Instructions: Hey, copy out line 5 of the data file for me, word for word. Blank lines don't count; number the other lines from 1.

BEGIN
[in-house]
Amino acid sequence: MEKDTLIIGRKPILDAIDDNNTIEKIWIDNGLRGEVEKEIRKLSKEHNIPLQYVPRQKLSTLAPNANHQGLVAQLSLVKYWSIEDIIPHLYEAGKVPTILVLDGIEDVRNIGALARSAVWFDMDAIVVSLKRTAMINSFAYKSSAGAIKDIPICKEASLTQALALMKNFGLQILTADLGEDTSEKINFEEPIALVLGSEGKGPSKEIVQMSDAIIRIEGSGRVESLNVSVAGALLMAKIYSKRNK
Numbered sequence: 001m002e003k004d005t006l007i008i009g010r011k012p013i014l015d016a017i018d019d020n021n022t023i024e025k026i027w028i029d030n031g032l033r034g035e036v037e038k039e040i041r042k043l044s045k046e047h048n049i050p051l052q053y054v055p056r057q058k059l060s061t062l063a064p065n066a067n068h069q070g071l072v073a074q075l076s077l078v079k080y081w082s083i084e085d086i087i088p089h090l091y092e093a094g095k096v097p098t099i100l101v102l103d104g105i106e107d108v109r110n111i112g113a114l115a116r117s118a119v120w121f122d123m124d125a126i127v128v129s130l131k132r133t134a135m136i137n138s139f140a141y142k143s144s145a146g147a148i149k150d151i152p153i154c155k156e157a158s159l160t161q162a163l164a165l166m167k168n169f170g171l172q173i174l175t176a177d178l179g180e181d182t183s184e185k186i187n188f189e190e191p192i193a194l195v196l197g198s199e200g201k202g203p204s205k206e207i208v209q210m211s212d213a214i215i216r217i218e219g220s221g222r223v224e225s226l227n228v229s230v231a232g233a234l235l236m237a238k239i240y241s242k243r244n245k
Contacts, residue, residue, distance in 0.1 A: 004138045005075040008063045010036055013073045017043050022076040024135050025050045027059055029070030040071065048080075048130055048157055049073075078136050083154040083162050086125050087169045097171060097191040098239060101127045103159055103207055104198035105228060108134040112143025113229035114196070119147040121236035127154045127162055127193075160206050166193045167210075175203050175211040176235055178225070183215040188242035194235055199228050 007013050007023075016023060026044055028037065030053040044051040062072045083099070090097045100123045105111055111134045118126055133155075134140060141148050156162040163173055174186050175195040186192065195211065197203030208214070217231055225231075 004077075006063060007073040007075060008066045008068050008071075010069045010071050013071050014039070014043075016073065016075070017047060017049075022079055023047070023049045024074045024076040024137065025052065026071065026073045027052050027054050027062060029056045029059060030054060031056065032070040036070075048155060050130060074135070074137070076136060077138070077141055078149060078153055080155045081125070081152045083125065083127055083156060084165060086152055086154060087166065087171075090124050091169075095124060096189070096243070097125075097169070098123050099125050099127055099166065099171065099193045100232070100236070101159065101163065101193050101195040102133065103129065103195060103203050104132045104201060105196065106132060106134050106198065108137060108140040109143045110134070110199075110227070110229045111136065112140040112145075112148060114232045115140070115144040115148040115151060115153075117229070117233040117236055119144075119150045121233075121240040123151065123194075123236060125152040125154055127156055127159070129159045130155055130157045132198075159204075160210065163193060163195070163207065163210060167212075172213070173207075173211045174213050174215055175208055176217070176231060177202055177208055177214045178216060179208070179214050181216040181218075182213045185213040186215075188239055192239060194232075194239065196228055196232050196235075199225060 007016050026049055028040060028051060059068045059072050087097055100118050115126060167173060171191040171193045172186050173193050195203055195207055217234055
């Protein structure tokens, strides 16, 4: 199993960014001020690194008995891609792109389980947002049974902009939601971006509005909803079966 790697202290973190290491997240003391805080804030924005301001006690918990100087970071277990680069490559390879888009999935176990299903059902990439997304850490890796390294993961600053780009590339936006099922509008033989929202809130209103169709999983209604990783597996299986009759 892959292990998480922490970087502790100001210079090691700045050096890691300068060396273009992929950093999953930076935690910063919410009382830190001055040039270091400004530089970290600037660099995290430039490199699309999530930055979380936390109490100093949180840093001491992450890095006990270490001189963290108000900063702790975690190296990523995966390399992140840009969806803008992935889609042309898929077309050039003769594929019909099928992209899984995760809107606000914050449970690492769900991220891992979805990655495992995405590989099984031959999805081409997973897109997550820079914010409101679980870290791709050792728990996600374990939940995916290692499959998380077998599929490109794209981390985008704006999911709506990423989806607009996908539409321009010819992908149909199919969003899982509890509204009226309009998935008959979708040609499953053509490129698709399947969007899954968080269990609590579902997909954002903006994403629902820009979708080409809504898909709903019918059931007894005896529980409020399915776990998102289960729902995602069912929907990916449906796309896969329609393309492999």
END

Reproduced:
């Protein structure tokens, strides 16, 4: 199993960014001020690194008995891609792109389980947002049974902009939601971006509005909803079966 790697202290973190290491997240003391805080804030924005301001006690918990100087970071277990680069490559390879888009999935176990299903059902990439997304850490890796390294993961600053780009590339936006099922509008033989929202809130209103169709999983209604990783597996299986009759 892959292990998480922490970087502790100001210079090691700045050096890691300068060396273009992929950093999953930076935690910063919410009382830190001055040039270091400004530089970290600037660099995290430039490199699309999530930055979380936390109490100093949180840093001491992450890095006990270490001189963290108000900063702790975690190296990523995966390399992140840009969806803008992935889609042309898929077309050039003769594929019909099928992209899984995760809107606000914050449970690492769900991220891992979805990655495992995405590989099984031959999805081409997973897109997550820079914010409101679980870290791709050792728990996600374990939940995916290692499959998380077998599929490109794209981390985008704006999911709506990423989806607009996908539409321009010819992908149909199919969003899982509890509204009226309009998935008959979708040609499953053509490129698709399947969007899954968080269990609590579902997909954002903006994403629902820009979708080409809504898909709903019918059931007894005896529980409020399915776990998102289960729902995602069912929907990916449906796309896969329609393309492999």